From street food to gourmet restaurants, Chinese cuisine leaves the caterer

By Pierre Hemme

Posted today at 00:16

Small quiz. Among the following dishes: nem, bo bun, shrimp fritter, samoussa, what are the authentic Chinese specialties? Answer: none. Nem and bo bun are of Vietnamese origin (like the spring roll, by the way). The shrimp fritter, linked to the tempura technique, comes from Japan. And samosa comes from the Indian continent.

The “Asian” specialties of the all-you-can-eat buffets framed by faded lanterns and light paintings of waterfalls conceal a culinary universe of great richness. From the 6the century, nearly 300 recipes were gathered in a treatise on agriculture as recalled by the sinologists Françoise Sabban and Jean-Paul Desroches (The seductions of the palate. Cooking and eating in China, Quai Branly Museum / Actes Sud, 2012). This art has become more complex and extended in a territory (more than 17 times the size of France…) currently grouping together eight regional schools, which come in an infinite number of local variations.

“There are Sichuan dishes so spicy that a Frenchman could not eat them” – André Yang, patron of Tsé Yang

“What is sold at caterers is very far from what we eat at home”, regrets Xiao Rong Duan-Coutin, the vibrant patron of the mini-chain Les Pâtes vivantes. In 2007, this Franco-Chinese woman opened with her husband Gérard Coutin a small restaurant with fifty-three seats on rue du Faubourg-Montmartre, in Paris. In a few weeks, crowded passers-by crowded the sidewalk, curious to see her knead, shape, stretch, and stretch again, by hand her long wheat flour pasta, before serving them in large bowls of broth or stir-fries.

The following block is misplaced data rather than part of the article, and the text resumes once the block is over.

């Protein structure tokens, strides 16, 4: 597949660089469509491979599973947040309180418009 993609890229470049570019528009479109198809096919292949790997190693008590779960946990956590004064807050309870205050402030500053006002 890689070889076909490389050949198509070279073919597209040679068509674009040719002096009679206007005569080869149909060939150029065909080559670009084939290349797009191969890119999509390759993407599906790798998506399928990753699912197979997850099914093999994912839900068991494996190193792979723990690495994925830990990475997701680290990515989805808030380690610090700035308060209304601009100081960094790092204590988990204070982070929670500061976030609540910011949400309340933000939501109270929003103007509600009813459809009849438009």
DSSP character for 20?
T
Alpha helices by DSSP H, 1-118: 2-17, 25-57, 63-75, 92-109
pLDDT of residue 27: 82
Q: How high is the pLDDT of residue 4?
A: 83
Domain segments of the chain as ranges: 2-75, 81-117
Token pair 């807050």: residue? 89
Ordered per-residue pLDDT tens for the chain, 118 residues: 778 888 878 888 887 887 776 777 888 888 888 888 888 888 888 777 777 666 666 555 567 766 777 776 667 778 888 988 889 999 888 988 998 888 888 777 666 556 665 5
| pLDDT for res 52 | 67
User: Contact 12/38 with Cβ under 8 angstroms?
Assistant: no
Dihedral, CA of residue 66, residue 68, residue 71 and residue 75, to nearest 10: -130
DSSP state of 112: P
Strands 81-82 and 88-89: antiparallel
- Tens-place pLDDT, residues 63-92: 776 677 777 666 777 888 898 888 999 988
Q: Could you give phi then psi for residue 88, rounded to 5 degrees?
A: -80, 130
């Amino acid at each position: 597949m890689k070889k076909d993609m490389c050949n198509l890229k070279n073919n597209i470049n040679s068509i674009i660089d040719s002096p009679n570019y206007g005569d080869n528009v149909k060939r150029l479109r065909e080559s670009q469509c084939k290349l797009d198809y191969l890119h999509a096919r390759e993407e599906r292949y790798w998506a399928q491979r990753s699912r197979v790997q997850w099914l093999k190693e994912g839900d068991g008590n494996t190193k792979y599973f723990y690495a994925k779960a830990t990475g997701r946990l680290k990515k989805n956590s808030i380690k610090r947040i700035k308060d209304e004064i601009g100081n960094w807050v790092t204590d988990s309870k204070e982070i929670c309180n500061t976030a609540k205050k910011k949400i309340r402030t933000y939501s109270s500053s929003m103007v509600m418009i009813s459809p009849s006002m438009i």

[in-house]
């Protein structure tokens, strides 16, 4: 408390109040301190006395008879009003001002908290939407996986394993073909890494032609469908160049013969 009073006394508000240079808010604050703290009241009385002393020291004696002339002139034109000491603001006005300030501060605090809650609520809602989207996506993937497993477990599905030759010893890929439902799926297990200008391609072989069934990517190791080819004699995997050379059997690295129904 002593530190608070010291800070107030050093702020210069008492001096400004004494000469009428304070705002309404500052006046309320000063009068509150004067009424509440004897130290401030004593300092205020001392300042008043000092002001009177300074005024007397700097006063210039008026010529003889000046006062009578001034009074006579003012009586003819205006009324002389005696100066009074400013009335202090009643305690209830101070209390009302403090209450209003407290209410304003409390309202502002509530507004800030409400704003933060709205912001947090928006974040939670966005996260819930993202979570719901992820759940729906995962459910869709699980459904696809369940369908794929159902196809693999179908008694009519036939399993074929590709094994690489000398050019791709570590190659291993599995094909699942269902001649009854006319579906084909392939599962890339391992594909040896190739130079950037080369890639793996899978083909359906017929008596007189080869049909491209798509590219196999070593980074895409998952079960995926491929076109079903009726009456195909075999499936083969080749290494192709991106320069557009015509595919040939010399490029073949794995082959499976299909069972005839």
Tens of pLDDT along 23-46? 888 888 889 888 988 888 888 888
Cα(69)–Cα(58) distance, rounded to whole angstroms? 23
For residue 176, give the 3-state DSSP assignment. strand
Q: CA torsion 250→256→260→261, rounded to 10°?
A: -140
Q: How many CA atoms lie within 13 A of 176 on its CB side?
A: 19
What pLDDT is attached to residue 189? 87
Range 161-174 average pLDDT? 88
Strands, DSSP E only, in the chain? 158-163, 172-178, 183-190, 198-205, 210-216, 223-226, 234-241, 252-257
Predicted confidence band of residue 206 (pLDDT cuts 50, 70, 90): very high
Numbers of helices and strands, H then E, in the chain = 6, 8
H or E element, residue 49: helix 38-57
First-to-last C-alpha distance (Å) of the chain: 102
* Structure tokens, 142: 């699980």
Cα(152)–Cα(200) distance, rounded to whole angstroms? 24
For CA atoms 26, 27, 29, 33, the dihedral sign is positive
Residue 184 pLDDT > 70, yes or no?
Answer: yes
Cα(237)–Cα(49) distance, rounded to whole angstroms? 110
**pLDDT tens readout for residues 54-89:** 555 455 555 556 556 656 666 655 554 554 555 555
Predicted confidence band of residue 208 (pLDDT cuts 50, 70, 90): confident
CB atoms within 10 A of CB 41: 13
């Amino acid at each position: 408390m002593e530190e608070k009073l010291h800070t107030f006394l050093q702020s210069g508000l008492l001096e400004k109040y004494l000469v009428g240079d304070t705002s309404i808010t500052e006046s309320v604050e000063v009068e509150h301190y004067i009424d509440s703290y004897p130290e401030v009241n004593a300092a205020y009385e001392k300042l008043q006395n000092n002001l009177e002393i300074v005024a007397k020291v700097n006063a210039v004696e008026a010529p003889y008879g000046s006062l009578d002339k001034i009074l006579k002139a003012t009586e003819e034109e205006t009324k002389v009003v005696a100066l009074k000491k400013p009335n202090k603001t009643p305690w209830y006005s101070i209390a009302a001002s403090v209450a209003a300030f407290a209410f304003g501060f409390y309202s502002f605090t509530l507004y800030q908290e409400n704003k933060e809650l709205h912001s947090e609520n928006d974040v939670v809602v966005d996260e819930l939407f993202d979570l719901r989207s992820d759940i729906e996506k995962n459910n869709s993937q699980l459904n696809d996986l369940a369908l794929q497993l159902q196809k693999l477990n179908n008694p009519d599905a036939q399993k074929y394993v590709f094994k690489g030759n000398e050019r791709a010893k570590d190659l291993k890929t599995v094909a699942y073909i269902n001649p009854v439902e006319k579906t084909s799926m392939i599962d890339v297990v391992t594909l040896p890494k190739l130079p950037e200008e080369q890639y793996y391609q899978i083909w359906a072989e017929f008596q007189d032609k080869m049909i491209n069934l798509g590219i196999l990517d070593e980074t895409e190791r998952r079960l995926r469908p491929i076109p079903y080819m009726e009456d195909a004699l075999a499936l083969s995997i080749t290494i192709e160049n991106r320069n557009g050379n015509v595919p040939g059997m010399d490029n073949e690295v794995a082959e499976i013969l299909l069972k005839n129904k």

“These are typical Lanzhou noodles [mégalopole du centre de la Chine], I was just doing as my grandmother had taught me. But for the French, it was new! “, laughs “Madame Coutin”, as her employees call her with a hint of reverence. The owner, now aged 65, has extended her “empire”: you can taste her pasta (for only ten euros) in Lyon, rue Mercière; in Montreal, Union avenue; and in another Parisian address, rue de Turbigo.

Asparagus and shrimp noodle soup at "Living Pasta".

It is there, in the warm setting of her canteen with its vermilion facade, that you taste her specialties in the company of her husband, who looks like a gentle gentleman-farmer, Gérard Coutin. Interviewed for the purposes of the article, she insisted on giving us a taste in her establishment, theoretically closed: unlike the vast majority of the restaurants mentioned here, hers does not deliver and take away: the pasta is consume “alive”, immediately out of the kitchens. On the table accumulate a farandole of dishes, each more delicious than the next: sautéed eggplant with soy sauce, crispy duck, asparagus and shrimp noodles … A universe of new flavors and textures that the boss hopes to quickly offer to her. customers, on the terrace.

You have 66.66% of this article to read. The rest is for subscribers only.